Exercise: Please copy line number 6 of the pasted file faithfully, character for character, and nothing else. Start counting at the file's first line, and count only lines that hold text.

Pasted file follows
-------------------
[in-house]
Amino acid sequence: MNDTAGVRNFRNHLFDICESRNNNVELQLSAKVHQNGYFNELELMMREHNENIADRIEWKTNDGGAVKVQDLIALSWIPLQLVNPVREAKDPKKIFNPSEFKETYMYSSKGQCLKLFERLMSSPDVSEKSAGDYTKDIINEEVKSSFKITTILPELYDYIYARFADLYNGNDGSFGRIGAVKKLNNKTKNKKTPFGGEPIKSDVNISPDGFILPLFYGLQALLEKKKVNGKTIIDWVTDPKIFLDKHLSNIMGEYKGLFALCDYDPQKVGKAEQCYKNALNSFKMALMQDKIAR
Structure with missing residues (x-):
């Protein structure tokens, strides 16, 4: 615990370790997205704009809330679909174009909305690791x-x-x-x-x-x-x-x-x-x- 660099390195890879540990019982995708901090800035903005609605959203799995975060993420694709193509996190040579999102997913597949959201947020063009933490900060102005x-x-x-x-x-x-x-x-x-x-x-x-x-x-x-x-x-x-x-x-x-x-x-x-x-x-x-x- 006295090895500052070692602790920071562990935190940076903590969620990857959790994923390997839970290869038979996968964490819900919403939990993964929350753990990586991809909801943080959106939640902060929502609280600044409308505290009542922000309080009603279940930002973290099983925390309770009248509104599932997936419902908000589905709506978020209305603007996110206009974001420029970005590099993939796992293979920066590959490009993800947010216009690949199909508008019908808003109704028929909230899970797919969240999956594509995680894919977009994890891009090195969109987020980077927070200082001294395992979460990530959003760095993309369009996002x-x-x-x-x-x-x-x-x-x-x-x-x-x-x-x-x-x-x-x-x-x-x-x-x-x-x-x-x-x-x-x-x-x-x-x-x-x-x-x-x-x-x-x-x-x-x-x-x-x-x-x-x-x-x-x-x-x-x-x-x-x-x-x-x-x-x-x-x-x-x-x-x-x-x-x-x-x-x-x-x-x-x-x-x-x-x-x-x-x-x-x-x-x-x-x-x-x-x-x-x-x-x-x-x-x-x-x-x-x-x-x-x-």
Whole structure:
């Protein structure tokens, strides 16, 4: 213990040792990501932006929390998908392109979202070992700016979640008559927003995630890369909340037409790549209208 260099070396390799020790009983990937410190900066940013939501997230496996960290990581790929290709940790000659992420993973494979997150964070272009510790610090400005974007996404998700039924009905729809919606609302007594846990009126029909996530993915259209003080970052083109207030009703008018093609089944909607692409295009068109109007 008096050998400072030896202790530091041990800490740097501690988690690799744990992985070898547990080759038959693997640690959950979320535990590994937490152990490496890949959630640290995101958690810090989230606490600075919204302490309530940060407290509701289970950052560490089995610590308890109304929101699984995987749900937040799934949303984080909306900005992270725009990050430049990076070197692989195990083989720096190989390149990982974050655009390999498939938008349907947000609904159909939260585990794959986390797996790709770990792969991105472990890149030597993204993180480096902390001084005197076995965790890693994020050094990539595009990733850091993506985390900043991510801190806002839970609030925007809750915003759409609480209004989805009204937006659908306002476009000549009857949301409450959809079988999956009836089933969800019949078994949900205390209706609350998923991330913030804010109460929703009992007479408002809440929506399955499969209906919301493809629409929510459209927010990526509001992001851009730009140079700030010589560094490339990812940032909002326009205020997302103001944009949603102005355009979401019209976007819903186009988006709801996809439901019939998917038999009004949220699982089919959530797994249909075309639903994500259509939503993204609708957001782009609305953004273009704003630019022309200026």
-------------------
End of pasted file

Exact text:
């Protein structure tokens, strides 16, 4: 213990040792990501932006929390998908392109979202070992700016979640008559927003995630890369909340037409790549209208 260099070396390799020790009983990937410190900066940013939501997230496996960290990581790929290709940790000659992420993973494979997150964070272009510790610090400005974007996404998700039924009905729809919606609302007594846990009126029909996530993915259209003080970052083109207030009703008018093609089944909607692409295009068109109007 008096050998400072030896202790530091041990800490740097501690988690690799744990992985070898547990080759038959693997640690959950979320535990590994937490152990490496890949959630640290995101958690810090989230606490600075919204302490309530940060407290509701289970950052560490089995610590308890109304929101699984995987749900937040799934949303984080909306900005992270725009990050430049990076070197692989195990083989720096190989390149990982974050655009390999498939938008349907947000609904159909939260585990794959986390797996790709770990792969991105472990890149030597993204993180480096902390001084005197076995965790890693994020050094990539595009990733850091993506985390900043991510801190806002839970609030925007809750915003759409609480209004989805009204937006659908306002476009000549009857949301409450959809079988999956009836089933969800019949078994949900205390209706609350998923991330913030804010109460929703009992007479408002809440929506399955499969209906919301493809629409929510459209927010990526509001992001851009730009140079700030010589560094490339990812940032909002326009205020997302103001944009949603102005355009979401019209976007819903186009988006709801996809439901019939998917038999009004949220699982089919959530797994249909075309639903994500259509939503993204609708957001782009609305953004273009704003630019022309200026």